Gooding's classic car auction includes some gossip

AMELIA ISLAND, Fla. — For those who might contemplate attending a classic car auction run by California-based Gooding & Company, a few words of advice: Bring money. . .lots of it.

And your reading glasses.

The auction house provides a sale catalog for each event which is jam-packed with interesting information on and color photos of all vehicles set to cross the auction block. A quick synopsis of powertrain specifications, of designers and coachworks, of awards won and the car’s place in history is followed by a narrative detailing ownerships, restorations and some gossip.

The 70-plus vehicles offered at Gooding’s sale here in March comprised rare, unique, powerful, perfect, elegant cars built between 1928 — a Bentley — and 2006 — a Bugatti.

Sales exceeded $28.1 million and included a 10 percent buyer fee.

The ’28 Bentley, a 4 1/2 Litre $2,750,000 Semi-LeMans Tourer, was the top seller in the Gooding sale here on chilly-but-beautiful Amelia Island. Valued at up to $2.5 million prior to the auction, the athletic Semi-Le Mans Sports Tourer merited 12 pages of text and tempting photos in the sale catalog.

A 1934 American Austin Coupe represented the low end: it sold at no reserve for $17,600, below its pre-sale potential of $25,000 to $40,000.

Offering his cherry-red 1959 Alfa Giulietta at no reserve was making owner Ed Koch of Flemington, N.J. a little nervous. Koch, who describes himself as an “eclectic car collector,” said he bought the roadster in 2009 and invested two years in its restoration. With a unique three-piece bumper, Pinin Farina coachwork and with its original engine block, the Giulietta changed hands for $140,250.

Koch need not have worried. It’s pre-sale estimated value from the experts was $90,000 to $120,000.

Like Koch, Martin Stickley of Winter Park, Fla. was staying close to his car: a race-ready 1951 Allard J2, a vehicle he had owned since 2008. Stickley wasted little time in having the Allard restored: “Eighty-hour weeks over a period of six months,” Stickley said.

“It needed lots of work,” he explained. Its restoration won awards.

The topless Allard J2 was powered by a 289 Shelby Cobra engine. Stickley had the racing lap belts carefully crossed on the seats and period goggles hanging from a knob on the dash.

Barbara Hutton’s 1969 Ferrari 365 GTC, with custom Lipstick Coral exterior, tan suede interior and coral carpeting and likely the only of its 1969 peers to be the most original and carrying the lowest mileage, sold for $1,072,500. The heiress of Woolworth and Hutton fortunes, Ms. Hutton bought this Ferrari in 1969 for delivery to her palatial residence in Tangier, Morocco. She brought it, with only a few thousand kilometers on its 320-horsepower V-12, to the U.S. in 1974 and sold it to a dealership specializing in exotics in Connecticut.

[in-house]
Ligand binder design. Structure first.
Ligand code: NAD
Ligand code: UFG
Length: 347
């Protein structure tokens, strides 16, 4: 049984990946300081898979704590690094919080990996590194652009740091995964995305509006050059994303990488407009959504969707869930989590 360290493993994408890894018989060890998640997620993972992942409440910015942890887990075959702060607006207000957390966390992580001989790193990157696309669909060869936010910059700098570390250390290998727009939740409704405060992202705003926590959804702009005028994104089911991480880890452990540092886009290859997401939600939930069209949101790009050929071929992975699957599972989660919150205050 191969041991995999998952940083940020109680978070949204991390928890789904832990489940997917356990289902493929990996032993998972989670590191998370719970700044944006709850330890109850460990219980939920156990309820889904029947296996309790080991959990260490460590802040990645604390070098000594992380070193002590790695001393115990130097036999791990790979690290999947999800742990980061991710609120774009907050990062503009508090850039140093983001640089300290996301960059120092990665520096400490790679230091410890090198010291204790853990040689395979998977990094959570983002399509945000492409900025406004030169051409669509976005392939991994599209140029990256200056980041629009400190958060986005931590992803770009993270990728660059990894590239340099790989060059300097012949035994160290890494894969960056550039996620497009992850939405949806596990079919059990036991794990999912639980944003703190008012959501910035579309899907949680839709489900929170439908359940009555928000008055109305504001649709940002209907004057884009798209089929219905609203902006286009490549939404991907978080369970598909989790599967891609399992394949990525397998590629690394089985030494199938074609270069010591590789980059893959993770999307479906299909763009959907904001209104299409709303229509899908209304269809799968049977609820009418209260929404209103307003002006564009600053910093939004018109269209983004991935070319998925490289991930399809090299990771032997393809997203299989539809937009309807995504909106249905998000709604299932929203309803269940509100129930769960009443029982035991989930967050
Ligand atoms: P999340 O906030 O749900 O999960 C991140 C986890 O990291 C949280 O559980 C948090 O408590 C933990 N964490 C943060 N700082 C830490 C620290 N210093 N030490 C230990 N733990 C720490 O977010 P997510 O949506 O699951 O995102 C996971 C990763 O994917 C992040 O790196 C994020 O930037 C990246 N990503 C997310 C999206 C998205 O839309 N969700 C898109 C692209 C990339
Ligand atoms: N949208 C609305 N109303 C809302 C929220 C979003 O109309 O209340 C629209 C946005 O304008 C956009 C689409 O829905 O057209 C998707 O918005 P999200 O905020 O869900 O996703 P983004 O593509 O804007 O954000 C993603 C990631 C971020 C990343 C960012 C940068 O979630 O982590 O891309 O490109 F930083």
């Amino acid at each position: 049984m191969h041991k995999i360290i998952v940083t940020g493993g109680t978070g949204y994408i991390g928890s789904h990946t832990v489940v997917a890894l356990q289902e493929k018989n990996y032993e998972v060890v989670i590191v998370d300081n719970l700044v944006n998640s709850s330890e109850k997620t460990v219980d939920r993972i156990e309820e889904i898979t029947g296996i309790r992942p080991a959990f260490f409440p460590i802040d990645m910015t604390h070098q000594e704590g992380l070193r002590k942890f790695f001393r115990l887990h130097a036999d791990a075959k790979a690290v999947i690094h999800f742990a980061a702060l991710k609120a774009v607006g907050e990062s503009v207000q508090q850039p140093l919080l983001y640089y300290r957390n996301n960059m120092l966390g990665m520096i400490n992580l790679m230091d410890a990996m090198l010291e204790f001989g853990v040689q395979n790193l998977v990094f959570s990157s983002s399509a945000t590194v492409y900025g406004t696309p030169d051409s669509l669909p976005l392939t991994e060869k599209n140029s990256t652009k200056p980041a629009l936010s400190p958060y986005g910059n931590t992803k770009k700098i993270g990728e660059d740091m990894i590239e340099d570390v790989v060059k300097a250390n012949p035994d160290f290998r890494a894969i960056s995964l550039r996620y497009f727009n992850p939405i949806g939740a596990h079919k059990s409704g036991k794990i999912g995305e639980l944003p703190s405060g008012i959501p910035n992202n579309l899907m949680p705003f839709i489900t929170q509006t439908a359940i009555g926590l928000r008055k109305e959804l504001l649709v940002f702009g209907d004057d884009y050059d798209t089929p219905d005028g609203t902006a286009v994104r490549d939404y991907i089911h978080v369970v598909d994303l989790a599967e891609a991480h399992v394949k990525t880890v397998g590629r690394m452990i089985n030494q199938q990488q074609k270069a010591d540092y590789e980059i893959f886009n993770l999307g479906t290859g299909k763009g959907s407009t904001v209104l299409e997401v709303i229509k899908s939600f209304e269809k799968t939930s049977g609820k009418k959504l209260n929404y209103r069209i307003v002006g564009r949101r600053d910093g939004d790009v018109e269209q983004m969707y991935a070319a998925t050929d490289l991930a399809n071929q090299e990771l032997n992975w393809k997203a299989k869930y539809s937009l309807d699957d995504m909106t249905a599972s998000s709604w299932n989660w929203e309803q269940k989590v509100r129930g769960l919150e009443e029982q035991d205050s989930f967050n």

One could be happy to escape the chore of washing the 21 windows on the 1965 Volkswagen Type 2 Bus, with its spotless interior and 1,600-cc 40-horsepower four with four-speed transaxle transmission. It had a pre-sale estimated value of $60,000 to $80,000 and sold, at no reserve, for $99,000. It attracted many admiring and smiling visitors at the sale preview.

And what irony. Parked near the VW nine-passenger buy was a handsome 1949 white Cadillac Series II convertible with buttery leather upholstery. This nostalgic soft-top went for less than two-thirds of the VW: $60,500.

Another brand anomaly: a 1968 Lamborghini Islero with Marazzi coachwork valued at up to $150,000 sold for $137,500; a 1973 Firebird Trans Am SD 455 went for $165,000.

Perfectly preserved in original, unrestored condition with just 11,000 miles, a 1960 Chrysler 300 F GT Special with 400-horsepower 413 and rare Pont-A-Mousson four-speed manual, sold for $236,500. It was one of only six in the Chrysler Gran Turismo Project, modified to compete on the sands of Daytona Beach.

In spite of its body-builder physique, the 300 F GT featured creature comforts including four contoured seats with the famous swivel-out front seats, dashboard lighting that glowed and a console that extended from the instrument panel into the rear seating area. There is at least one Chrysler story about an executive’s wife who on exiting a car slipped from her swivel seat — and negatively impacted its future.